Right now, there’s no need for BYU to rush into a new league that isn’t at the highest level of college athletics. The AAC has made significant strides and they are clearly head and shoulders above their Group of Five peers. But from a perception standpoint –perception is king in college sports– the Cougars would appear to be giving up on any hopes of Power Five affiliation by moving their entire athletic department or their football program into a Group of Five conference. What reception would a move like that receive from prominent boosters and donors at BYU?
The other element to all of this is BYU’s relationship with the West Coast Conference. BYU administrators love working with a conference that consists of faith-based institutions. BYU’s no Sunday play needs are taken care of and the WCC has embraced BYUtv as a television provider during the men’s and women’s basketball tournaments. Also, traveling costs for BYU’s Olympic sports teams to the west coast is a lot more affordable than say, Dallas or even further east, Orlando.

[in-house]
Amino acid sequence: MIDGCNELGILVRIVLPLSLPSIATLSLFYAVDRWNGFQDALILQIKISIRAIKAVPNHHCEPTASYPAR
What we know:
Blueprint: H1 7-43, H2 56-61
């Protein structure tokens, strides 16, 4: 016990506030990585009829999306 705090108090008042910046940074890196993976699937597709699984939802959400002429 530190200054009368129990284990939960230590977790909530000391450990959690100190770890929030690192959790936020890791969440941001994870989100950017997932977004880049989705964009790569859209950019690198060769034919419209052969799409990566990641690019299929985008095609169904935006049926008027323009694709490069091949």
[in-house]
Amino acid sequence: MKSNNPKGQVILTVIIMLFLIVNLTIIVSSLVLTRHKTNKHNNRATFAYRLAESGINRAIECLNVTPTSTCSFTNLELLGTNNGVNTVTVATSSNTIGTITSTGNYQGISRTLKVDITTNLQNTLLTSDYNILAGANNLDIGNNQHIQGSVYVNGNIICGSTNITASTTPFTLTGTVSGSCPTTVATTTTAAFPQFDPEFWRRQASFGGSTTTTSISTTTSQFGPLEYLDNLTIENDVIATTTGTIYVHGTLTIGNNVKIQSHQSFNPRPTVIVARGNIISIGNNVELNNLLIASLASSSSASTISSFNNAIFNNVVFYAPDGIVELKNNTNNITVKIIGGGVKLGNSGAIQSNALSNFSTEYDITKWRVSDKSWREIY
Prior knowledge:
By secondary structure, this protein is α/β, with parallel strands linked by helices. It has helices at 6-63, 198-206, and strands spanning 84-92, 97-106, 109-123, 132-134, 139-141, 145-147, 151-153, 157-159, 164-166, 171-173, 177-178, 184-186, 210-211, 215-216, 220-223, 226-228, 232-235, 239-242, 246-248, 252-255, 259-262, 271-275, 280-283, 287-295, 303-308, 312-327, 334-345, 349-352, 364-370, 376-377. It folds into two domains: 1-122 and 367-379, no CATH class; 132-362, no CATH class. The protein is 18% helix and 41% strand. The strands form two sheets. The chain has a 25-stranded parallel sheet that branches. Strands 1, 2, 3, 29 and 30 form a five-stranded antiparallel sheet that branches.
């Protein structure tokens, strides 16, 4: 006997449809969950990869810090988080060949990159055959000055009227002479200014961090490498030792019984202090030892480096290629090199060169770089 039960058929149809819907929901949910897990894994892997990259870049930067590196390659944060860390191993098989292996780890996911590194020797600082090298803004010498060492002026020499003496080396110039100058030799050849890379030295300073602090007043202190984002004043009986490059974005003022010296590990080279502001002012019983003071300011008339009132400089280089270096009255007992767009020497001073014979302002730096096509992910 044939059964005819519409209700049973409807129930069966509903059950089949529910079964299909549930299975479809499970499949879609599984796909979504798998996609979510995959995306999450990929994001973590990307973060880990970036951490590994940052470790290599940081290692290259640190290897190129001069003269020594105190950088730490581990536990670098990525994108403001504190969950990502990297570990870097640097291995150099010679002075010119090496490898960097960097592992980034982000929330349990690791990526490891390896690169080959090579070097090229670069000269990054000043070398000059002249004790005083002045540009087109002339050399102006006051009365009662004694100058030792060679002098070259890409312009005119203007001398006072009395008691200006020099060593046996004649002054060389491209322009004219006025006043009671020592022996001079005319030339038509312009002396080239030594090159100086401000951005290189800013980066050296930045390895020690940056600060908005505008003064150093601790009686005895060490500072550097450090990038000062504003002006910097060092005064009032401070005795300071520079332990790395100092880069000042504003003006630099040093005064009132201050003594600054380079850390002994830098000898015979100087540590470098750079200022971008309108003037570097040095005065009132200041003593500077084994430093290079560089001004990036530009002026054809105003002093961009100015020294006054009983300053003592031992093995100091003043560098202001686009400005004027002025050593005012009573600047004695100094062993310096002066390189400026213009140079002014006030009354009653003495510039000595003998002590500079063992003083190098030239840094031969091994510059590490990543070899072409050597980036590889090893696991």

BYU needs to remain an FBS Independent for the time being. The scheduling aspect of independence has gone better than anyone could have imagined as the Cougars continue to line up home-and-home’s against Power Five programs. The money is significantly better than the Mountain West days but also would appear to be higher than programs in the Group of Five today.
Stay the path with independence for now and then reevaluate options when TV contracts are up in 2023 and 2024. A move to another conference prior to those Power Five TV deals expiring would be premature on BYU’s part and that is a move the Cougars can’t ultimately afford.
Mitch Harper is a BYU Insider for KSLsports.com and host of the Cougar Tracks Podcast and Cougar Sports Saturday (Saturday from 12-3 pm) on KSL Newsradio. Follow him on Twitter: @Mitch_Harper.